- About Us
New restaurant growing organically
Tanya and Dave Rose have a great idea for a new restaurant.
They're going to take full advantage of Sequim's "amazing" local sources of good stuff — wineries, farmers, cheese makers, et al.
But dishing it up is just part of the idea. They want the restaurant to serve as an educational resource for the community and for the restaurant's employees.
The Roses will open their new place — "Nourish" — in the facility formerly occupied by the Cedarbrook Garden Cafe on Sequim Avenue.
Tanya's old friend, Annie McHale, is lending a hand, bringing two vital areas of expertise to bear. Through her job at Olympic WorkSource, McHale helps local folks find employment. Through her work with Nash's Organic Produce, she helps local folks find good food.
Both are important because the Roses would like to hire what Tanya calls "disadvantaged young adults" and train them in the preparation and sale of healthy foods.
She defined disadvantaged young adults as those "who can't afford to go to college, but are smart and motivated."
The new hires would learn the restaurant business, including marketing. It just makes sense, Tanya said. "Culinary schools are expensive."
The restaurant's employees also will learn about the benefits of eating, and serving, local healthy food.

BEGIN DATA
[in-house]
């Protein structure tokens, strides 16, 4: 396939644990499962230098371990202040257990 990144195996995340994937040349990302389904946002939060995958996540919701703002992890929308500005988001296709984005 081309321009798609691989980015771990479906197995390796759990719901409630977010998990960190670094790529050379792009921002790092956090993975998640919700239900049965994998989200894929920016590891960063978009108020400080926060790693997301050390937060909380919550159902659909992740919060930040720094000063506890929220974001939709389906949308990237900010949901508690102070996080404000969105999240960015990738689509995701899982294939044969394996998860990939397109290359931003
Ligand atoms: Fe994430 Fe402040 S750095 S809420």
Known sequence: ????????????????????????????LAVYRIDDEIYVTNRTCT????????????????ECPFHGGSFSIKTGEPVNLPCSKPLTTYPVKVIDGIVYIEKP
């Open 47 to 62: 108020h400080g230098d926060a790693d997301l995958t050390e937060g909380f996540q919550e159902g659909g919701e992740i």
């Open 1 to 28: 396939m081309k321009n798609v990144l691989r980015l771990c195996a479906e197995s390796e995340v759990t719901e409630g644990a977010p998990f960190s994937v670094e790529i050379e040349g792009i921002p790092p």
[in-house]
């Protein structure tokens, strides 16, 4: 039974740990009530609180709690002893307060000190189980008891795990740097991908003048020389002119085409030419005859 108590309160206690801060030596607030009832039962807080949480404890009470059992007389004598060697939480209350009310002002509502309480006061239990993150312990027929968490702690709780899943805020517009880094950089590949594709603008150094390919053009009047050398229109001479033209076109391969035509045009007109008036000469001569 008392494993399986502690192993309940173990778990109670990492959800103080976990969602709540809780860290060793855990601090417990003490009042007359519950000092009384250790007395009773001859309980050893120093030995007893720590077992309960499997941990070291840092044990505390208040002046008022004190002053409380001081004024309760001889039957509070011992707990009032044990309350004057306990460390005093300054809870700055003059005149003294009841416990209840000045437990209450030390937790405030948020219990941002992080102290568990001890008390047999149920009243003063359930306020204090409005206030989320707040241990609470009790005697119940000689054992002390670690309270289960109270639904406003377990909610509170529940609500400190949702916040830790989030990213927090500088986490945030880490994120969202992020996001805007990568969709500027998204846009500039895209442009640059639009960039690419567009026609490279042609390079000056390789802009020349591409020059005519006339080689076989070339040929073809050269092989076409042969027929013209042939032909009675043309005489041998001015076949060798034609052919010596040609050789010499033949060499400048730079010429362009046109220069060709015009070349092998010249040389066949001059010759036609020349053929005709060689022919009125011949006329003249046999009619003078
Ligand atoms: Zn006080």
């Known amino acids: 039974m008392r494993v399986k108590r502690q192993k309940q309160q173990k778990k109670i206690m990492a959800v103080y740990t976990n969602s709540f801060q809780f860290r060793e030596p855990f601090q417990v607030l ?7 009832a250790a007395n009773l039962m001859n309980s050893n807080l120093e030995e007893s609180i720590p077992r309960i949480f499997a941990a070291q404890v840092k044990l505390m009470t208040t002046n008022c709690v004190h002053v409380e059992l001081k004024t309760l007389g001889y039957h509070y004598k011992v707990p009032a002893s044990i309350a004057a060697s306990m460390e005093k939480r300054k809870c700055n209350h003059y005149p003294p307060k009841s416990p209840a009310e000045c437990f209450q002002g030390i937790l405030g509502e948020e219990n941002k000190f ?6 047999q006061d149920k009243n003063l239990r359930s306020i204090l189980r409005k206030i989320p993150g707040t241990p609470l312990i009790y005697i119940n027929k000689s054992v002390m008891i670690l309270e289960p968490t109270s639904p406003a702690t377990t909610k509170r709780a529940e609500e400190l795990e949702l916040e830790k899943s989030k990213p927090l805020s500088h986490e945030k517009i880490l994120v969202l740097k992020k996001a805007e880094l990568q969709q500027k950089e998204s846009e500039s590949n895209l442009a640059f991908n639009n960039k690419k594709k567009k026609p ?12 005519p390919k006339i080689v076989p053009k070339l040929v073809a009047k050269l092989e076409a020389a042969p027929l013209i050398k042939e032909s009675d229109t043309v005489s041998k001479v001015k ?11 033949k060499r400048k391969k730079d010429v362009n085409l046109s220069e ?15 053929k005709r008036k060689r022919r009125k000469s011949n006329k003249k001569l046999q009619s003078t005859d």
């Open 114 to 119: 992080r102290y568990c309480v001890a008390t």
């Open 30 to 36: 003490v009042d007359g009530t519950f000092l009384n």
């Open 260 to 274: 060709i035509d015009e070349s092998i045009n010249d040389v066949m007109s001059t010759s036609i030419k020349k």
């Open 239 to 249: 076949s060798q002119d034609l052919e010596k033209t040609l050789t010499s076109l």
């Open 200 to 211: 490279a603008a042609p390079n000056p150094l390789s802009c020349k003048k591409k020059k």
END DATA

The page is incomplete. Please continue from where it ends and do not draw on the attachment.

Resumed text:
"We will be hiring a chef," Tanya added. "Somebody super-sensitive to whole food, local foods."
They also plan to have live local music and to occasionally screen films on nutrition and other topics near and dear to their hearts.
Dave summed it up, calling Nourish, "A new seed-to-table-to-good-health restaurant and educational concept."
Tanya and Dave Rose have an interesting story. The two, both natives of England, were high school sweethearts.
Then they broke up.
For 30 years.
The two recently connected again via the Internet. A few e-mails later, Dave booked a flight to the U.S. for a visit.
They've been married for the past four years.
They recently purchased the old Bell House that sits just south of the city. Built in 1880, it's "one of the oldest houses in the area," Dave said.
Dave, an experienced hand at construction, is now restoring the house, which most recently served as the Cedarbrook Lavender Farm's gift shop.
They are negotiating a lease-purchase agreement of the garden's former cafe.